[Study on the effectiveness of brief intervention for alcohol and other drug use directed to adolescents in a primary health care unit]

Rev Assoc Med Bras (1992). Jul-Sep 2004;50(3):305-13. doi: 10.1590/s0104-42302004000300040. Epub 2004 Oct 21.
[Article in Portuguese]

Abstract

Objective: The main purpose of this study was to evaluate the effectiveness of a brief intervention and a preventive orientation on the use of alcohol and other drugs directed towards adolescents.

Methods: Ninety nine youths who sought medical assistance in an out patient service specialized in adolescents were classified, according to their level of consumption of substances, into users during the last month (UM) or non users during the last month (NUM). Each of these was divided into four groups: a control group of users in the last month (COUM), a control group of non users in the last month (CONUM), a Brief Intervention group (BI--in case they were regular users) and a Preventive Orientation group (PO--in case they were non users in the last month). The preventive orientation lasted 2-3 minutes and the brief intervention took about 20 minutes, both followed a structured schedule. All participants were followed-up and evaluated for a 6 months period.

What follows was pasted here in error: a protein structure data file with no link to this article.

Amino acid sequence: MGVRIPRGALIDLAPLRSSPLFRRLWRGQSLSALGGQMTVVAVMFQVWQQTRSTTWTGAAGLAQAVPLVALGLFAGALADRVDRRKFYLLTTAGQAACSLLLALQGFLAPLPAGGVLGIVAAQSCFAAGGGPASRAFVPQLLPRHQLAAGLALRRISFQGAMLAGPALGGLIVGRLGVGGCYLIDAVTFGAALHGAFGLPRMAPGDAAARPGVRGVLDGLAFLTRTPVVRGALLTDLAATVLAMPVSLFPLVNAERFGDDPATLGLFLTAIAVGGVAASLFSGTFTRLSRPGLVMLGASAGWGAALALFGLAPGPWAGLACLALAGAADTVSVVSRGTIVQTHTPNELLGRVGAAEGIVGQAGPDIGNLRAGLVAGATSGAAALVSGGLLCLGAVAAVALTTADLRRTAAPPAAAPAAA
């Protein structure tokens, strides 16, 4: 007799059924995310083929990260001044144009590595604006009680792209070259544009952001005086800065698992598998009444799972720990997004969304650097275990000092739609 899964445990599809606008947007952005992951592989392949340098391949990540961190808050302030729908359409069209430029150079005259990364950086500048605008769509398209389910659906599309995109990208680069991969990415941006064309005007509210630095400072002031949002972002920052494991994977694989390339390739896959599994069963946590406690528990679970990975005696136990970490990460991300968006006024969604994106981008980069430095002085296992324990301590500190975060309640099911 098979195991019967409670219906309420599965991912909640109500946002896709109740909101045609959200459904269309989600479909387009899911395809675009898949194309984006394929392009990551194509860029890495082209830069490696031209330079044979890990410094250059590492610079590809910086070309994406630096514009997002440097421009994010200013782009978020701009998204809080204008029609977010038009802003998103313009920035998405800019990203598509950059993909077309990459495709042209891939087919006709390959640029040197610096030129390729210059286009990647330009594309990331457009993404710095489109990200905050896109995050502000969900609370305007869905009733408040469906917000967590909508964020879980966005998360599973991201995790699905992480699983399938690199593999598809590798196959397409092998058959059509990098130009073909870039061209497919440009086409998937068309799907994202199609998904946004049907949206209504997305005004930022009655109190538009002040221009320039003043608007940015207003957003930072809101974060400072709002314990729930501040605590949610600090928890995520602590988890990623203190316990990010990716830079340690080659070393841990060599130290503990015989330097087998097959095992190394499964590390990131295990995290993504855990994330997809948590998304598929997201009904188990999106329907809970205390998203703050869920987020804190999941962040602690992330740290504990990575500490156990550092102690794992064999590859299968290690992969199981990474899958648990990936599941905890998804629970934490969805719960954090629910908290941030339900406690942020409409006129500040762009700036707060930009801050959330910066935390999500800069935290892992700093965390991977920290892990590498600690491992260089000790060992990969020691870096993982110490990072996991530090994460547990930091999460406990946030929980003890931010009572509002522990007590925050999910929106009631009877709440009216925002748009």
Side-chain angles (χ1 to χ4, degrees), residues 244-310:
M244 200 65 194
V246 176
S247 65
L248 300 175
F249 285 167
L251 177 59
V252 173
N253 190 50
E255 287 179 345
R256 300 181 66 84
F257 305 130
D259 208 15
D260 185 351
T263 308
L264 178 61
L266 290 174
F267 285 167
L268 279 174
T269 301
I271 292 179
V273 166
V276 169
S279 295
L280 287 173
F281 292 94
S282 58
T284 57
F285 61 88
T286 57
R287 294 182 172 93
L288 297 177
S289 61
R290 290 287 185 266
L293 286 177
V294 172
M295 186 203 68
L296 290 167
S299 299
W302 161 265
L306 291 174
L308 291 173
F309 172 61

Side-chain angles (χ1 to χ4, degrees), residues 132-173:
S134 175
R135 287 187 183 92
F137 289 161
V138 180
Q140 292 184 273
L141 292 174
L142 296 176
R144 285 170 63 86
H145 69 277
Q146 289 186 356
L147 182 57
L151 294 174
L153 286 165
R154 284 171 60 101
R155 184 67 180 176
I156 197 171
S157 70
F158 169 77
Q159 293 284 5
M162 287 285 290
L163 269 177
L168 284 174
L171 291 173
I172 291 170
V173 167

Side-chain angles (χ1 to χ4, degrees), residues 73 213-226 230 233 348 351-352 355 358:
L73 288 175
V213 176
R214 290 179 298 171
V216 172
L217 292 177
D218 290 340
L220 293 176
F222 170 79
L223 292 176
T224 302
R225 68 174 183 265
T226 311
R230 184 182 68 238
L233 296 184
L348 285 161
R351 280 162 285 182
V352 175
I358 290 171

Results: In the 6-month follow-up, a significant increase in cannabis, alcohol and tobacco consumption, as well as in the intensity of related-problems, was observed in the CONUM group. The increase of alcohol and tobacco consumption observed in the PO group had a significantly lesser frequency and lower intensity than in the CONUM group. Moreover, no increase in cannabis consumption was observed in this group. The BI group showed a significant reduction in the number of users during the last month with respect to most substances, as well as in relation to substance-related problems.

Conclusion: Our results confirm that a single brief intervention session is effective in reducing consumption of psychoactive substances in adolescents. Although influence of other factors could not be discarded, preventive orientation reduced the increase of cannabis consumption but increased use of tobacco and alcohol. Further and more in depth studies are required to evaluate the usefulness of preventive programs on alcohol and other drug consumption, in order to bring to light more effective and comprehensive approaches.

Publication types

  • Clinical Trial
  • Randomized Controlled Trial

MeSH terms

  • Adolescent
  • Adult
  • Alcohol-Related Disorders / epidemiology
  • Alcohol-Related Disorders / prevention & control
  • Brazil / epidemiology
  • Child
  • Epidemiologic Methods
  • Female
  • Humans
  • Male
  • Marijuana Abuse / epidemiology
  • Marijuana Abuse / prevention & control
  • Patient Education as Topic / standards*
  • Primary Health Care / standards
  • Process Assessment, Health Care / standards*
  • Psychotherapy, Brief
  • Socioeconomic Factors
  • Substance-Related Disorders / epidemiology
  • Substance-Related Disorders / prevention & control*